Cerebrospinal fluid fistula

Cerebrospinal fluid fistula

cerebrospinal fluid leak (CSFL) is a medical condition when the cerebrospinal fluid of a person leaks out of the dura mater.

There is a incomplete sealing of the dura mater and is a major complication of intradural procedures.

Cerebrospinal fluid fistula classification

Cerebrospinal Fluid Fistula Etiology.

see Cerebrospinal fluid fistula diagnosis.

Cerebrospinal fluid fistula complications

Dural closure‘s reinforcement using different new dural sealants plays an important role in prevention. Moreover, the use of neuronavigation systems in skull base and posterior fossa surgery can help to minimize the size of approach and reduce the incidence of CSF leak. New minimally invasive spinal approaches, such as minimally invasive decompression for spinal degenerative disorders or performing selective laminotomy over laminectomy for intradural spinal pathology are very useful techniques to prevent CSF leak in this kind of surgery. In conclusion, although CSF leak remains a risky complication in neurosurgery, its prevention and treatment significantly benefited from advances in biomaterials and surgical technique 1).

see Cerebrospinal fluid fistula treatment.

Ramos-Rincon et al. aimed to analyze research activity on cerebrospinal fluid (CSF) leaks in general and CSF cerebrospinal fluid rhinorrhea and cerebrospinal fluid otorrhea in particular and to identify the main topic clusters in these areas.

They identified all relevant documents, using the medical subject headings (MeSH) term “Cerebrospinal Fluid Leak”, that are indexed in the MEDLINE database between 1945 and 2018. They performed a descriptive bibliometric analysis and analyses of networks and research clusters in order to identify the main topic areas of research.

From 1945 to 2018, a total of 4,130 records were published with the term CSF leak, including 2,821 documents (68.1%) with the term CSF rhinorrhea and 1,040 documents (25.8%) with CSF otorrhea. The number of documents published increased from 10 in 1945-49 to 642 in 2010-14. Articles represented the dominant document type (86.8% of the documents analyzed), while case reports were the main type of study (37.4%). In terms of geographical distribution, researchers from the USA led in the number of signatures (39.1%), followed by those from the UK (7.5%). The most active areas of research in the field were “Postoperative Complications,” “Tomography, X-Ray Computed,” and “Magnetic Resonance Imaging.” The terms “Adults,” “Young Adult,” and “Middle-Aged” were most common in CSF rhinorrhea research; and the terms “Infant,” “Child, Preschool,” “Child,” and “Adolescent” were more common in CSF otorrhea.

Based on these findings, articles and case reports related to “Surgery” and “postoperative complications” associated with the cerebrospinal fluid fistula diagnosis are the main topics of study, highlighting the importance of this document type in advancing knowledge in the field 2).


1)

Rapisarda A, Orlando V, Izzo A, D’Ercole M, Polli FM, Visocchi M, Montano N. New Tools and Techniques to Prevent CSF Leak in Cranial and Spinal Surgery. Surg Technol Int. 2022 Apr 20;40:sti40/1577. Epub ahead of print. PMID: 35443285.
2)

Ramos-Rincon JM, Monjas-Canovas I, Abarca-Olivas J, Gras-Albert JR, Bellinchón-Romero I, Gonzalez-Alcaide G. Research in Cerebrospinal Fluid Leak (Rhinorrhea and Otorrhea): A Bibliometric Analysis From 1945 to 2018. Cureus. 2022 Feb 3;14(2):e21888. doi: 10.7759/cureus.21888. PMID: 35265419; PMCID: PMC8898118.

Obstructive hydrocephalus from posterior fossa tumor risk factors

Obstructive hydrocephalus from posterior fossa tumor risk factors

Saad et al. from the Emory University Hospital surveyed the CNS (Central Nervous System) Tumor Outcomes Registry at Emory (CTORE) for patients who underwent posterior fossa tumor surgery at 3 tertiary-care centers between 2006 and 2019. Demographic, radiographic, perioperative, and dispositional data were analyzed using univariate and multivariate models.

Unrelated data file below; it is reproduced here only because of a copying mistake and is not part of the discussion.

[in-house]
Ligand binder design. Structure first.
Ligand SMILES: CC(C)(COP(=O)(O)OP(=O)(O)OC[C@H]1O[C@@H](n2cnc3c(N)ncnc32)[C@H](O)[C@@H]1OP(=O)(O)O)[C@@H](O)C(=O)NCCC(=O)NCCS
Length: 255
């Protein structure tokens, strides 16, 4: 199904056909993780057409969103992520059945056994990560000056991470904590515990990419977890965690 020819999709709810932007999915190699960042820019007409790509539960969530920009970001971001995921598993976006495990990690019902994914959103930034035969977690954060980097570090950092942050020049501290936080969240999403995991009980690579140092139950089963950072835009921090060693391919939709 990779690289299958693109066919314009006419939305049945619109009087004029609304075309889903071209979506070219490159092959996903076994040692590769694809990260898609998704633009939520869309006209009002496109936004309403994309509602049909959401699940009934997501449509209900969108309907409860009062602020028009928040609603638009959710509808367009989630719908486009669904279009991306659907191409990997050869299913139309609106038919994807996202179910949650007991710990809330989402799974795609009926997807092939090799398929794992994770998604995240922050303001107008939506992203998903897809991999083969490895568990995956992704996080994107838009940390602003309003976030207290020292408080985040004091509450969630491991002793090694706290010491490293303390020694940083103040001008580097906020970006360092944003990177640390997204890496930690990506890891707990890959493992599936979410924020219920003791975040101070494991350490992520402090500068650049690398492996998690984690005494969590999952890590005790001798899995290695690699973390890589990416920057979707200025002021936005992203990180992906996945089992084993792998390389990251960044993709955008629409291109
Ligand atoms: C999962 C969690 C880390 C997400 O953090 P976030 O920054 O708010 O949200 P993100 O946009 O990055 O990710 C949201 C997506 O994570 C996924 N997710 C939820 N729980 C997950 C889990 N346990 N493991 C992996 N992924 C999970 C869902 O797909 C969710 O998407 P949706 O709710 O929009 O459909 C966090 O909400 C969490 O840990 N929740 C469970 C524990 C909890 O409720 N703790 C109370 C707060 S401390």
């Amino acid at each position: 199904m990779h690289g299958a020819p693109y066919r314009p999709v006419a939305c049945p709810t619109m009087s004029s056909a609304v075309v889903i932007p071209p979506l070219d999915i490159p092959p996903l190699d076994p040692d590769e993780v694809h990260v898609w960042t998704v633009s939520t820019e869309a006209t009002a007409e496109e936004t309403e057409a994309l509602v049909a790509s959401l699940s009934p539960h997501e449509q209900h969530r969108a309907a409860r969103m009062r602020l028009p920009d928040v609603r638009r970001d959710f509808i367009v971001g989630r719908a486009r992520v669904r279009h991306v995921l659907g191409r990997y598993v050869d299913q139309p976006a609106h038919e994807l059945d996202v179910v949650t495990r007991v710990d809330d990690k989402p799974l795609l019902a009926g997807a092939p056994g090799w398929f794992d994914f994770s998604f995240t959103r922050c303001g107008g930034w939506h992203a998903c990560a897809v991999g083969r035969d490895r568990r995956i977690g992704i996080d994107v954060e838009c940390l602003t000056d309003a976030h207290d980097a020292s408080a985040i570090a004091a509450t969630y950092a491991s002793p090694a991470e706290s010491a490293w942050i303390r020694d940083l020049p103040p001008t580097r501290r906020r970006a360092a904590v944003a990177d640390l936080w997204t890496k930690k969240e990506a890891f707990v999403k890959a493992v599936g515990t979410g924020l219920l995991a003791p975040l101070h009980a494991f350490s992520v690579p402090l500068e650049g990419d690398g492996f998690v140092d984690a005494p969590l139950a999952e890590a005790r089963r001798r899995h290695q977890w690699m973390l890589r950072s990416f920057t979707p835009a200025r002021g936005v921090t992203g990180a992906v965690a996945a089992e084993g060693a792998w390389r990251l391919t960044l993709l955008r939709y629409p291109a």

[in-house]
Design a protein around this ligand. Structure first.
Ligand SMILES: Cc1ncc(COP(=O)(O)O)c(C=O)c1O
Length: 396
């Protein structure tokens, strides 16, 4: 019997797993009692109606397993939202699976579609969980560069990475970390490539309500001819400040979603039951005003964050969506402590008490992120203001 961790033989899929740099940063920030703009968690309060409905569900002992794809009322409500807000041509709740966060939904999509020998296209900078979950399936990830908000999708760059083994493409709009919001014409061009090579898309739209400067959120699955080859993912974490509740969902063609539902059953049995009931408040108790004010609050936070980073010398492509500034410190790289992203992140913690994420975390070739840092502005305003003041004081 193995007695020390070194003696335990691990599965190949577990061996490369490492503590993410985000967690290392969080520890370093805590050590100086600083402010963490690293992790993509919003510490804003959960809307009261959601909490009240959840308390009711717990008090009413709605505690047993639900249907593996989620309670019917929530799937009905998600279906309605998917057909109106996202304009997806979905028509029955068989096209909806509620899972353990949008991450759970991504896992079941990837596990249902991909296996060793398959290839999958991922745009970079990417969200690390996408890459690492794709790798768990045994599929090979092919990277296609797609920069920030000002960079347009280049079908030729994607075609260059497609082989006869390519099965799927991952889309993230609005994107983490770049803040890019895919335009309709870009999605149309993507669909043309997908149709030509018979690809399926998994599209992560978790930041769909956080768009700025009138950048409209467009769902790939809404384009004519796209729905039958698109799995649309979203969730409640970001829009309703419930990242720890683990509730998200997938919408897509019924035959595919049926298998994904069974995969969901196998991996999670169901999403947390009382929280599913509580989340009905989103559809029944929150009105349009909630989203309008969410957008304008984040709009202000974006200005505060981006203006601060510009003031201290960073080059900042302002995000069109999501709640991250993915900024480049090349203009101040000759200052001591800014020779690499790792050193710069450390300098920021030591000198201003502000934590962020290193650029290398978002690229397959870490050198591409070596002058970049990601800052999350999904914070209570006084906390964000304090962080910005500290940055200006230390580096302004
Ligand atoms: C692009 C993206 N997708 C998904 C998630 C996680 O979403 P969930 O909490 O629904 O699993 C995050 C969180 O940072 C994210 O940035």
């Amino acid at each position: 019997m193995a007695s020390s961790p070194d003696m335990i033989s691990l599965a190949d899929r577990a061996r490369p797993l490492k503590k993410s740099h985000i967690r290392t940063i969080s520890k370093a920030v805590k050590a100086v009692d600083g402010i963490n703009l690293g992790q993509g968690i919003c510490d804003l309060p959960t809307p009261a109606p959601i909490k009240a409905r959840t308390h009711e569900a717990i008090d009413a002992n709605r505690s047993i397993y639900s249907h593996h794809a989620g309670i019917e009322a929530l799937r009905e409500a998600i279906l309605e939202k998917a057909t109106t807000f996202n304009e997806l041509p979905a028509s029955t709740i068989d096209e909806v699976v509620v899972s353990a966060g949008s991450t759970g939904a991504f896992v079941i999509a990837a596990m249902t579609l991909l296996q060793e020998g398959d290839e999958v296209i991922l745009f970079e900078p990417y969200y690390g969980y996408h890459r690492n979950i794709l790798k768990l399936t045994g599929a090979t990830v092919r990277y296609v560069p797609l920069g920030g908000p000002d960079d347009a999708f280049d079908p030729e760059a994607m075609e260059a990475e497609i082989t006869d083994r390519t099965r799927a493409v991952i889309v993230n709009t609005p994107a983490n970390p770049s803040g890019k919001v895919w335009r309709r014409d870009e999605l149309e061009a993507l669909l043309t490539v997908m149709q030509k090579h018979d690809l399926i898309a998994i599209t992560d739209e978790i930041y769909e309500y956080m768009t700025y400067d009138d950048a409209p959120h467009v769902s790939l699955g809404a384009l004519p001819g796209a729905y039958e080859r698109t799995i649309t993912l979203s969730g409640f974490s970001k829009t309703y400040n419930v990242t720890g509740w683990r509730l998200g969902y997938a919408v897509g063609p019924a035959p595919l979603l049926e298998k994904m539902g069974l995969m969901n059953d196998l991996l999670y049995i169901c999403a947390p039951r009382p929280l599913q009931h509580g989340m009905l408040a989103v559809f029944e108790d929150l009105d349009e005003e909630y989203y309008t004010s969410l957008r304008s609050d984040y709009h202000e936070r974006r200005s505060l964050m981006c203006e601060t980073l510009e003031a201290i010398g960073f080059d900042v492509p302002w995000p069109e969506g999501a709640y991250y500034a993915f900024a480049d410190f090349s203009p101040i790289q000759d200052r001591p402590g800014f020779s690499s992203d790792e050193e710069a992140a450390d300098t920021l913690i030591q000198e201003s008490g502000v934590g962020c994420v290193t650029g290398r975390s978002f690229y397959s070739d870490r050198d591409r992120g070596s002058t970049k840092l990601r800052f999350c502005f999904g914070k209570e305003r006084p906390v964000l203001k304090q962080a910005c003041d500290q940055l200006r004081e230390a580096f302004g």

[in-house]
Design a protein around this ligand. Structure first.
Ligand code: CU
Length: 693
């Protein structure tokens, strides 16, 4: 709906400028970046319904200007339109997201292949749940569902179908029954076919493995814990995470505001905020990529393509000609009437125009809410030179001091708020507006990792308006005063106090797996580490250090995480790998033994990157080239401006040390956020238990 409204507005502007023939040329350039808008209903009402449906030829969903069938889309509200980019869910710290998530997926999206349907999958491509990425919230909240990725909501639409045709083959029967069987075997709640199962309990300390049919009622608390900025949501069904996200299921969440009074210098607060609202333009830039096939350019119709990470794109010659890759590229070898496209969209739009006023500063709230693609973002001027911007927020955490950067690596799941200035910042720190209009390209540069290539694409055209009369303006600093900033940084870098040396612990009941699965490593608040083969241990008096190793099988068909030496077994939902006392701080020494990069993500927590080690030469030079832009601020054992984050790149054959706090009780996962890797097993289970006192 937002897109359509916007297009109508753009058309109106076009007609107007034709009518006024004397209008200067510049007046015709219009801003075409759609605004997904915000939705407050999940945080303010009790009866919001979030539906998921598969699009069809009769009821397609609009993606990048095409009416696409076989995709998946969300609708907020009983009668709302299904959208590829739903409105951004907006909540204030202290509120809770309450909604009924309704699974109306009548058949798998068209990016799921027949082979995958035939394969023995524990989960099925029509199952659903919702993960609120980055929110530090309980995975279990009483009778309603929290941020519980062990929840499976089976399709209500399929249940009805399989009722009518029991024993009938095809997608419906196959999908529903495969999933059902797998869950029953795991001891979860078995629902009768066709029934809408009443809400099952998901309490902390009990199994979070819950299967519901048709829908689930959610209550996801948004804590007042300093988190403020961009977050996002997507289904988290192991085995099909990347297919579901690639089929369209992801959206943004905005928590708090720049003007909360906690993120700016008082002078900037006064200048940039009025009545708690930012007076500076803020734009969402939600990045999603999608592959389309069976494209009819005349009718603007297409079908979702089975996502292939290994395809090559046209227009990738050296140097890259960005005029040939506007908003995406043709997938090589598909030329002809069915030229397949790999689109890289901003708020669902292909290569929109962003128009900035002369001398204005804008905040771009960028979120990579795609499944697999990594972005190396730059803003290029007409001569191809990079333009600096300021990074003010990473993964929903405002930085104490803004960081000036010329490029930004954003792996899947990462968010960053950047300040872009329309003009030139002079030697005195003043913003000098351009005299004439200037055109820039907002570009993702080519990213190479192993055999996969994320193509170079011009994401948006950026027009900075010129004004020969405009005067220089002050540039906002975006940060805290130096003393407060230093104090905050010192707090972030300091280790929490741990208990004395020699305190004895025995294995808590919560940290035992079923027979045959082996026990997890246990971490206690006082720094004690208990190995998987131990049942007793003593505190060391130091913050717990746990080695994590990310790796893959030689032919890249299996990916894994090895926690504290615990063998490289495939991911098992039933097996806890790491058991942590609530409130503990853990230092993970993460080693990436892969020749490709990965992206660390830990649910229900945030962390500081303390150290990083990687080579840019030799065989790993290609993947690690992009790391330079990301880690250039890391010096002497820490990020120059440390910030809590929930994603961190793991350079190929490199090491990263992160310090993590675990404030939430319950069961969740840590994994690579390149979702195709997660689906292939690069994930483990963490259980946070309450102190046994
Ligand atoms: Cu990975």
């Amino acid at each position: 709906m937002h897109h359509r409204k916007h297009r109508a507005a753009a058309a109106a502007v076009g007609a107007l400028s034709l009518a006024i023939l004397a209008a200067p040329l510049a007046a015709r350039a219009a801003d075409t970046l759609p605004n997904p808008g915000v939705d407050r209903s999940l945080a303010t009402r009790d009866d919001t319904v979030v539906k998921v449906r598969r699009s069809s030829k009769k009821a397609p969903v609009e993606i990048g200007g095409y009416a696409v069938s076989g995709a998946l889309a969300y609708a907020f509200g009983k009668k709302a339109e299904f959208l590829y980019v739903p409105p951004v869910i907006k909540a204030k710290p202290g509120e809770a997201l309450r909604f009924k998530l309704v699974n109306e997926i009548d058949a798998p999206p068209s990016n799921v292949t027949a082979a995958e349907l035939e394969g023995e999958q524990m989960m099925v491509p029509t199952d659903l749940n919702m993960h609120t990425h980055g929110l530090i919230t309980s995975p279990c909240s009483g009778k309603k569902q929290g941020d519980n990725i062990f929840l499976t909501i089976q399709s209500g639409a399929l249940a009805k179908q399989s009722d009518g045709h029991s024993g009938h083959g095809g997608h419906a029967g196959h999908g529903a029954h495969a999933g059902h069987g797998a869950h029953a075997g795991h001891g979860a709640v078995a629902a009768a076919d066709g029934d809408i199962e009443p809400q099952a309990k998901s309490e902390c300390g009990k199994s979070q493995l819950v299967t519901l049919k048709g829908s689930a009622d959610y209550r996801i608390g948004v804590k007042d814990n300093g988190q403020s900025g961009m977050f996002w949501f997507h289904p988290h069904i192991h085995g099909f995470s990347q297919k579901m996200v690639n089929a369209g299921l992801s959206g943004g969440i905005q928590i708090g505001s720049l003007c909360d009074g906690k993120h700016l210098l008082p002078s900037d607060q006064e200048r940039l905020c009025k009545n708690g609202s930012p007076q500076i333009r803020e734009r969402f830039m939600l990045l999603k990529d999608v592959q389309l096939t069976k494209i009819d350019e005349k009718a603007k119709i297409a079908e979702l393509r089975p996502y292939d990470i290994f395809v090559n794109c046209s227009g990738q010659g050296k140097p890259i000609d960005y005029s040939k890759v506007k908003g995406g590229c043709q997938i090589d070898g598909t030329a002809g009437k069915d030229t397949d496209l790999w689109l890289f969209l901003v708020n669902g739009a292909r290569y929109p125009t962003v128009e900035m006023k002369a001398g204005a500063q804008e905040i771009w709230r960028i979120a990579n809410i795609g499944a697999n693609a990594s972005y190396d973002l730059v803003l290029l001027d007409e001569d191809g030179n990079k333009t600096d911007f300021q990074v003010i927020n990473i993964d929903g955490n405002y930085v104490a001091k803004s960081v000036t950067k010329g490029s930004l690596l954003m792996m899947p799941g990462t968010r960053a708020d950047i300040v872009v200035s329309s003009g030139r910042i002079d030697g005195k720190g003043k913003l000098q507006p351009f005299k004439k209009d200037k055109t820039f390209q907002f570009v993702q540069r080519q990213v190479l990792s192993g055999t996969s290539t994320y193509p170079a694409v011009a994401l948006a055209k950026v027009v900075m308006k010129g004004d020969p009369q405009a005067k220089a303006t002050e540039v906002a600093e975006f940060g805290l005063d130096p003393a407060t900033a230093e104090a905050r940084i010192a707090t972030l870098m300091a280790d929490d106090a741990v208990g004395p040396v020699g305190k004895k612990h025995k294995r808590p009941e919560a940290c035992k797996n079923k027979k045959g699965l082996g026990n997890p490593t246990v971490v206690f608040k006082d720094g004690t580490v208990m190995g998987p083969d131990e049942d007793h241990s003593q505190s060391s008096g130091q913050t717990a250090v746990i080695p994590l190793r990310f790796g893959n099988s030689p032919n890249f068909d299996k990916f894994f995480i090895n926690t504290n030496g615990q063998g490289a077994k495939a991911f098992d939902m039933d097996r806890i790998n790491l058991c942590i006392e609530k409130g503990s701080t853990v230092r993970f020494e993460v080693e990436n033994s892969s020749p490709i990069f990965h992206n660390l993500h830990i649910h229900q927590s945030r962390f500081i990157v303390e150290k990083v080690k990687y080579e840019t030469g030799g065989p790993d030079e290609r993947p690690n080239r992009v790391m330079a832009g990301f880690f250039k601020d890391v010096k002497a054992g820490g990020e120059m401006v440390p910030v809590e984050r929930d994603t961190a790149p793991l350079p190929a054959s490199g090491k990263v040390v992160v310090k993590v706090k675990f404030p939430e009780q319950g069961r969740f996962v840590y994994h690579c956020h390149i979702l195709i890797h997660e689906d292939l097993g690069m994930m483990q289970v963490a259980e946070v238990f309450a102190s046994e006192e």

They included 617 patients undergoing PFT resection for intra-axial (57%) or extra-axial (43%) lesions. Gross total resection was achieved in 62% of resections. Approximately 13% of patients required permanent cerebrospinal fluid shunt. Only 31.5% of patients who required pre- or intraop external ventricular drain (EVD) placement needed permanent cerebrospinal fluid shunt. On logistic regression, Tumor size, transependymal edema, use of perioperative external ventricular drain, postoperative intraventricular hemorrhage (IVH), and surgical complications were predictors of permanent CSF diversion. Preoperative tumor size was the only independent predictor of postoperative shunting in patients with subtotal resection. In patients with intra-axial tumors, transependymal flow (P = .014), postoperative IVH (P = .001), surgical complications (P = .013), and extent of resection (P = .03) predicted need for shunting. In extra-axial tumors, surgical complications were the major predictor (P = .022).

The study demonstrates that the presence of preoperative hydrocephalus in patients with PFT does not necessarily entail the need for permanent CSF diversion. Saad et al. reported the major predictive factors for needing a permanent cerebrospinal fluid shunt for obstructive hydrocephalus 1).


Superior tumor extension (into the aqueduct) and failed total resection of tumor were identified as independent risk factors for postoperative hydrocephalus in patients with fourth ventricle tumor 2).


Cully and colleagues analyzed 117 patients and found the following factors to be associated with a higher incidence of postresection hydrocephalus (PRH): age <3 years, midline tumor location, subtotal resection, prolonged EVD requirement, cadaveric dural grafts, pseudomeningocele formation, and CSF infections 3).

Due-Tonnessen and Hleseth found that patients with medulloblastoma and ependymoma had much higher rates of postoperative shunt placement than astrocytomas 4). Kumar and colleagues in a study of 196 consecutive children found age <3 years, tumor histology of medulloblastoma/ependymoma and partial resections were associated with the increased chances of postresection hydrocephalus 5). A study noted that the only modifiable risk factor for the development of PRH was the presence of intraventricular blood in postoperative imaging 6).

Intraventricular blood can cause hydrocephalus either by the “snow globe effect” 7) or by other factors like impaired absorption of CSF by inflammation and fibrosis of the arachnoid granulations caused by blood degradation products 8).